July 29, 2009
Crib Sheets for Immigrants
"Give me your tired, your poor,
Your huddled masses yearning to breathe free,
The wretched refuse of your teeming shore.
Send these, the homeless, tempest-tost to me,
I lift my lamp beside the golden door!"
But only if they meet our standards and look like us.
The last line was added by me and does not appear on the Statue of Liberty. Yet, it seems
to be true.
item that is not taught in American history books concerns the number
of would-be immigrants who were refused admittance to the United
States. Of the large number of immigrants who came to the U.S. through
Ellis Island, only about 2% were refused admittance. However, during
some of the peak years more than one million people were admitted, so
2% equals 20,000 people deported per year.
For the west coast equivalent at Angel Island in San Francisco, the
percentage of would-be immigrants who were refused admittance appears
to have been much higher. I haven't been able to find any statistics
about those who were refused admittance, but the numbers were obviously
high. You can imagine the fear and terror of these impoverished people,
many of whom came from remote villages in China, Japan, and elsewhere,
who traveled for months in horrible conditions, only to be refused
admittance upon reaching the new land. The return trips must have been
even worse than the trips
from the "old country" to San Francisco.
reasons for refusal were many but primarily centered around the Chinese
Exclusion Act of 1882 which was then followed by even stronger
amendments. The act allowed the U.S. to suspend immigration. The only
Chinese to be admitted were the sons of earlier Chinese immigrants who
had already established residences in the United States. The Chinese
Exclusion Act was the first significant restriction on free immigration
in U.S. history. One of the critics of the Chinese Exclusion Act was
the anti-slavery/anti-imperialist Republican Senator George Frisbie
Hoar of Massachusetts who described the Act as "nothing less than the
legalization of racial discrimination."
Of course, excluding
Chinese immigrants soon led to subterfuge: many Chinese claimed to be
sons of Chinese who were already in the United States. Earlier
immigrants passed on information about the new country to their
relatives back in China and soon many new would-be immigrants,
relatives and strangers alike, claimed to be sons of those already in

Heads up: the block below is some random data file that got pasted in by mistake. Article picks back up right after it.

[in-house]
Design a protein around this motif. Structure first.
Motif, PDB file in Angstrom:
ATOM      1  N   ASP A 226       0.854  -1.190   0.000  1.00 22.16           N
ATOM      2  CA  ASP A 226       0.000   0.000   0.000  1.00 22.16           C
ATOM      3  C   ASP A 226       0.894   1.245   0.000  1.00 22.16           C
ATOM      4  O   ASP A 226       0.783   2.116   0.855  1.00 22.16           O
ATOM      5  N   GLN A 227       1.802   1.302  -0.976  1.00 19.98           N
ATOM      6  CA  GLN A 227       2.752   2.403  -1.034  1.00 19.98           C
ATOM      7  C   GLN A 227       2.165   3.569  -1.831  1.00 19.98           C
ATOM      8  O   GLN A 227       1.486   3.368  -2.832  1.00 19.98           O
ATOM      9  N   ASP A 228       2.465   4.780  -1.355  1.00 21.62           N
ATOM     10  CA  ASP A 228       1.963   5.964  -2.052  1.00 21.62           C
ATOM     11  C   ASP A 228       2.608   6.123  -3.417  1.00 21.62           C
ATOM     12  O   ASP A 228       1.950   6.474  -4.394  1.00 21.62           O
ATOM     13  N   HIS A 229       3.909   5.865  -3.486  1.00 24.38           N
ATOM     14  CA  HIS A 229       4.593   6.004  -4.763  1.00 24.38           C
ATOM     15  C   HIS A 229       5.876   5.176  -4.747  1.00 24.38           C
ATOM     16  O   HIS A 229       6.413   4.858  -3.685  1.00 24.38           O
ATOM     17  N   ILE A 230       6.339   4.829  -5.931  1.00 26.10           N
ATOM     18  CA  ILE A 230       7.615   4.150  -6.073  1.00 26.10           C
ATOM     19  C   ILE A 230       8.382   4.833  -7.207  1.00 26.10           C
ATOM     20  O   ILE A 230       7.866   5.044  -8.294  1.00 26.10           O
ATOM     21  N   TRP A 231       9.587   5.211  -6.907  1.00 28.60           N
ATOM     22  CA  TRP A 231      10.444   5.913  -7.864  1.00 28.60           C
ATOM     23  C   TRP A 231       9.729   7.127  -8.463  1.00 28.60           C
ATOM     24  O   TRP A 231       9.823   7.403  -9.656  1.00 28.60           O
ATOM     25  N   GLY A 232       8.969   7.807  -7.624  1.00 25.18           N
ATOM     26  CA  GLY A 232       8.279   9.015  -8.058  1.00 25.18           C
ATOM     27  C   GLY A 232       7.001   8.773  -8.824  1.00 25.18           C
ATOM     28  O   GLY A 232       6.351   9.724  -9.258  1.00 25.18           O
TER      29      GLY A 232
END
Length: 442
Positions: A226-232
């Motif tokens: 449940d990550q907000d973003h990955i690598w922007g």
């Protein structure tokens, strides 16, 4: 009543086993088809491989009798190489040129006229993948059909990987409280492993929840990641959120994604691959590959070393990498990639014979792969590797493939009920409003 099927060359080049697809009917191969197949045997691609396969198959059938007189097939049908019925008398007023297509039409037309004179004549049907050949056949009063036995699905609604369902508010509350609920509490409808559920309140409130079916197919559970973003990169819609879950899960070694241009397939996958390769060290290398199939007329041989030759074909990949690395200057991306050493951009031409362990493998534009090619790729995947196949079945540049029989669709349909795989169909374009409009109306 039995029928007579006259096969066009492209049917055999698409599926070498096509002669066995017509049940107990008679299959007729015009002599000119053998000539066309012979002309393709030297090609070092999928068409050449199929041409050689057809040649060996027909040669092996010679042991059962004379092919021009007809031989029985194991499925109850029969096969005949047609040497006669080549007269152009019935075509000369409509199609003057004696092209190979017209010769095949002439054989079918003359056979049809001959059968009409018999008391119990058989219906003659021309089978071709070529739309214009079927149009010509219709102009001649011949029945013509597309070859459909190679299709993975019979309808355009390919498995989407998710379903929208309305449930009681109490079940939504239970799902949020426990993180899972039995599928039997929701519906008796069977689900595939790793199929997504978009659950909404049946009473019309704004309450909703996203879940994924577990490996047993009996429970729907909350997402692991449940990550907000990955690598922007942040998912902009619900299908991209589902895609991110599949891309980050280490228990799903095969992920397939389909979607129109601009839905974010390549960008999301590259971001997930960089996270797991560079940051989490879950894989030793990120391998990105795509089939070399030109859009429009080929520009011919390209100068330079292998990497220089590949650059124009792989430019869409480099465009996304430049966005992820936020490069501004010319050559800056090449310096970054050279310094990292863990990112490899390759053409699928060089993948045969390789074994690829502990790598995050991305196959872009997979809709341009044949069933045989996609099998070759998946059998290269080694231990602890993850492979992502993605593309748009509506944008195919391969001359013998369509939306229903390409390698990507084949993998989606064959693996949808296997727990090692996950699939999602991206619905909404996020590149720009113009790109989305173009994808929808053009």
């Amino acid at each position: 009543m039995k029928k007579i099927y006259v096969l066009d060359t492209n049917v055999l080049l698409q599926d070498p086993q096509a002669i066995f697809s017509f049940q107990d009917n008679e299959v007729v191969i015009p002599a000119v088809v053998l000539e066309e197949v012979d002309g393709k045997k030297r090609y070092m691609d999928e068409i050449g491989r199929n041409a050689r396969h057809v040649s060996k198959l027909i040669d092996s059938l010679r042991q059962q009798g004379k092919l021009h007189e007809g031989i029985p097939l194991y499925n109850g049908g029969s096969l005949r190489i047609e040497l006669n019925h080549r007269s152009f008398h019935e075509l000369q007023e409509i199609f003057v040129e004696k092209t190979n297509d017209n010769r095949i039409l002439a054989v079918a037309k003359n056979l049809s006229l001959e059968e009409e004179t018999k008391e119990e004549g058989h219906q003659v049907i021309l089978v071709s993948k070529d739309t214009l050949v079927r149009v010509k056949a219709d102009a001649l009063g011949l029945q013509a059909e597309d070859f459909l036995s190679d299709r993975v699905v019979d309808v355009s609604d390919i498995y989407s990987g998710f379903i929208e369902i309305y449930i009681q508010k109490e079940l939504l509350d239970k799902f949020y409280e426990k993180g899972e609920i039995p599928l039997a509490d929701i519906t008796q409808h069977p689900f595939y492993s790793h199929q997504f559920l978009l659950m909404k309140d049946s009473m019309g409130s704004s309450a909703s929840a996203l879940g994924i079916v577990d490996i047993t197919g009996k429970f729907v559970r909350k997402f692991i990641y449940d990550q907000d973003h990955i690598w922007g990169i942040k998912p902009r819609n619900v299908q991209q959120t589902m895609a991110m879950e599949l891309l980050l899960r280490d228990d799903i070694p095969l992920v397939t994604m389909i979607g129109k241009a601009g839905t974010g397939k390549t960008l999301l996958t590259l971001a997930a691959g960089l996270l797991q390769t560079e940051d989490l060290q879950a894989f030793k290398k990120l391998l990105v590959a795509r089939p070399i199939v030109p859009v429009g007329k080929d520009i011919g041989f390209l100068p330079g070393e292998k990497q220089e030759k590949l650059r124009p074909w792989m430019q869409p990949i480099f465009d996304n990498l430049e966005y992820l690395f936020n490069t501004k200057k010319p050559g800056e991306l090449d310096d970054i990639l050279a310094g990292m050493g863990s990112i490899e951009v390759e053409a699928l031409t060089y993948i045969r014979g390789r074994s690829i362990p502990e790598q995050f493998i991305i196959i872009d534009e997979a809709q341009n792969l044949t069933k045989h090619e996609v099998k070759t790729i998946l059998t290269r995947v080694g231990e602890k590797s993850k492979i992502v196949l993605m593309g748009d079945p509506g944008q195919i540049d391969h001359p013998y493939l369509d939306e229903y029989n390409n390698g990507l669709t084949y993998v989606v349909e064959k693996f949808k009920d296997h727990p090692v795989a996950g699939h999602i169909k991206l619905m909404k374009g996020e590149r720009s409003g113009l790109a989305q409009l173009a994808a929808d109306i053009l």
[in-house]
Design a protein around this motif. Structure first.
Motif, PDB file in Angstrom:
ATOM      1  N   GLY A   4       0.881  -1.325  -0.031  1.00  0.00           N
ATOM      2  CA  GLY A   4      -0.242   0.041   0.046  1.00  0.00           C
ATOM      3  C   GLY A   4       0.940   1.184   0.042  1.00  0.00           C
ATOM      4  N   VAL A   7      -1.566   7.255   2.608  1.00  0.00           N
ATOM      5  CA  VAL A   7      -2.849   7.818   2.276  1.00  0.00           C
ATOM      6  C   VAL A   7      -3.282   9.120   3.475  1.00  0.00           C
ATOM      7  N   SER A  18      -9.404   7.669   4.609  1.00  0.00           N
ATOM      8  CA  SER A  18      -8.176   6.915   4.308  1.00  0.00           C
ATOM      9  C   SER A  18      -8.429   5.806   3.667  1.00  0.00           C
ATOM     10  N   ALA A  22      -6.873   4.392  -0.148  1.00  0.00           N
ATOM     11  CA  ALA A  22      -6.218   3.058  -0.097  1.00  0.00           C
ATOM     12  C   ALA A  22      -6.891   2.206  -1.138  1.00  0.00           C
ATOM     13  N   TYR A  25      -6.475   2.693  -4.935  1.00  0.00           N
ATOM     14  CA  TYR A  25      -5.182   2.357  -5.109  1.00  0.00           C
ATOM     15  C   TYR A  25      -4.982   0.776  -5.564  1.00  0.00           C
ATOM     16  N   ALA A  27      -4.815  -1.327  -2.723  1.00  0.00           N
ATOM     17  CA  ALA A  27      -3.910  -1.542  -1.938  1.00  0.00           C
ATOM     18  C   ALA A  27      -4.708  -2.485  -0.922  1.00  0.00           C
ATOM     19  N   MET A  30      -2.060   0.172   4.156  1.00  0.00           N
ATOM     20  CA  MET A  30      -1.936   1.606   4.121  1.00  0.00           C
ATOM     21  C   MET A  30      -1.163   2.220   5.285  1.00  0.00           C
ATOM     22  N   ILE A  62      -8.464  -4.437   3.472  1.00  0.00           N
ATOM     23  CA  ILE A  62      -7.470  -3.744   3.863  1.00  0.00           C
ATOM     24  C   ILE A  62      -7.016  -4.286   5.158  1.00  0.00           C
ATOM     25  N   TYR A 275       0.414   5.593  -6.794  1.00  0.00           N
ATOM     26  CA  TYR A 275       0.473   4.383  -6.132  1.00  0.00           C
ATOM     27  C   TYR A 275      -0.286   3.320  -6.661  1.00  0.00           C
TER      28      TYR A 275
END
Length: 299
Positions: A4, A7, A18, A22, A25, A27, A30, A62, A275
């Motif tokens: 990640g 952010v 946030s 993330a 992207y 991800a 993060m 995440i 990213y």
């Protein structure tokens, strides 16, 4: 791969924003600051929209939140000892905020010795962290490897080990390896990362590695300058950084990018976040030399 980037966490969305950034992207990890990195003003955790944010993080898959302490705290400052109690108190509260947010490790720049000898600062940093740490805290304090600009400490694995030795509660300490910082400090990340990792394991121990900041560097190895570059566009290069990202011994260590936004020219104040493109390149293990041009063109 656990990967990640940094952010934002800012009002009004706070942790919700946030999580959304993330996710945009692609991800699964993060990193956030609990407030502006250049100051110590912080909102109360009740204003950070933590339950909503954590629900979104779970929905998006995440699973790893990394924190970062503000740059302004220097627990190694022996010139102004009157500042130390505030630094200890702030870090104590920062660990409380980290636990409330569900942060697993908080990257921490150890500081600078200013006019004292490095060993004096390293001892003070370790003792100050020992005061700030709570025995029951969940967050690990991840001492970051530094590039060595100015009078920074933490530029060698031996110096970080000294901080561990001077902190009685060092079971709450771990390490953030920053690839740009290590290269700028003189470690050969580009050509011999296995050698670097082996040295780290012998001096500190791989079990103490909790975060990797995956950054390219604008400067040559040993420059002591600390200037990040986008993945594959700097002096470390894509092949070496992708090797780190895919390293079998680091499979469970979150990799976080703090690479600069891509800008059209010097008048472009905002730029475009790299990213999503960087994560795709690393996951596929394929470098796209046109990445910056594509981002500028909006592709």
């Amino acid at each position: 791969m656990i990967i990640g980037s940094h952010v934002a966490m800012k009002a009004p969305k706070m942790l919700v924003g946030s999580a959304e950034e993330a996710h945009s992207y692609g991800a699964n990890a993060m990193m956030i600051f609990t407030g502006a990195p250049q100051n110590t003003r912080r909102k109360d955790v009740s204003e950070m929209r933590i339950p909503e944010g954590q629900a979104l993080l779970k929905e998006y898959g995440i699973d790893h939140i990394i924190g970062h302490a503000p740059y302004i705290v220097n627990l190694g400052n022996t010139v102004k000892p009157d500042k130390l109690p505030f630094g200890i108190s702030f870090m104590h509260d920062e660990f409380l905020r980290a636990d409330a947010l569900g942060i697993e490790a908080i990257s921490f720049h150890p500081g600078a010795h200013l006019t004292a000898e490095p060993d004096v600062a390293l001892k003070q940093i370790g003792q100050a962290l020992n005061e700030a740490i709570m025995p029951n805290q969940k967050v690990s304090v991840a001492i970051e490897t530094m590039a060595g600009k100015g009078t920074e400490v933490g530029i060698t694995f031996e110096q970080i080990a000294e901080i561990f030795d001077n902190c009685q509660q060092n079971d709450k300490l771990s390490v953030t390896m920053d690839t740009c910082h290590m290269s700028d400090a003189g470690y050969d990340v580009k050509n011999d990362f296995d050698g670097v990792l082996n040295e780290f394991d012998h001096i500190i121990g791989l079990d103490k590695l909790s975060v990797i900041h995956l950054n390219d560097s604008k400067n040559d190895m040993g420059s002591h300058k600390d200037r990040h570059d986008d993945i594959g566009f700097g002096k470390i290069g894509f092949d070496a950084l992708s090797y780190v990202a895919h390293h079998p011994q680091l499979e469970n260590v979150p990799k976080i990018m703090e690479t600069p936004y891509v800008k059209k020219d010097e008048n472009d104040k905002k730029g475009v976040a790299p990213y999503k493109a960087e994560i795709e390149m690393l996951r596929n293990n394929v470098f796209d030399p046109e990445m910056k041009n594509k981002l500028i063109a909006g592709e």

residence. This was called the "paper son system."
officials would query each passenger at the port of entry: How many
siblings and children did he have? The names of his teachers? In-laws?
Great-grandmother? Where was his mother from? Could he draw a map of
his claimed home village in rural China?
The dreaded interviews
led to the creation of elaborate "crib sheets." The immigrant purchased
study guides in the old country and studied them extensively on the
trip to Am
erica. Upon arrival, the would-be immigrant would be
cross-examined about all sorts of trivia about the claimed family as
well as about life in the supposed village of origin. The immigration
officials would then check the answers against documents created
earlier that contained the correct information.
Few of these crib
sheets survived. “You were supposed to throw the cheat sheet
overboard,” noted Nancy Shader of the National Archives and Records
Administration in New York. However, the New York Times has an article
about one newly-discovered crib sheet: the notebook appears to contain
“coaching” materials that might have been used by an immigrant known as
Chung Fook Wing when he entered the United States in 1923.
You can read more about this little-known fact of American immigration at
Chinese Exclusion Act was repealed by the 1943 Magnuson Act, which
permitted Chinese nationals already residing in the country to become
naturalized citizens. It also allowed a national quota of 105 (!)
Chinese immigrants per year,
Posted by Dick Eastman on July 29, 2009 | Permalink
| Save to del.icio.us
You can follow this conversation by subscribing to the comment
feed for this post.
I knew about the Chinese Exclusion Act, but I didn't know about the
"crib sheets." Very interesting. Although my political sentiments may
differ, I tend to agree with Senator Hoar's comment. Of course, I
wasn't there to experience what was going on at the time, so who am I
July 30, 2009 at 10:34 AM
interested in finding more about the Ellis Island deportations. Has
anyone had success finding out why some were sent back?
Terry Dewhurst |
July 30, 2009 at 10:34 AM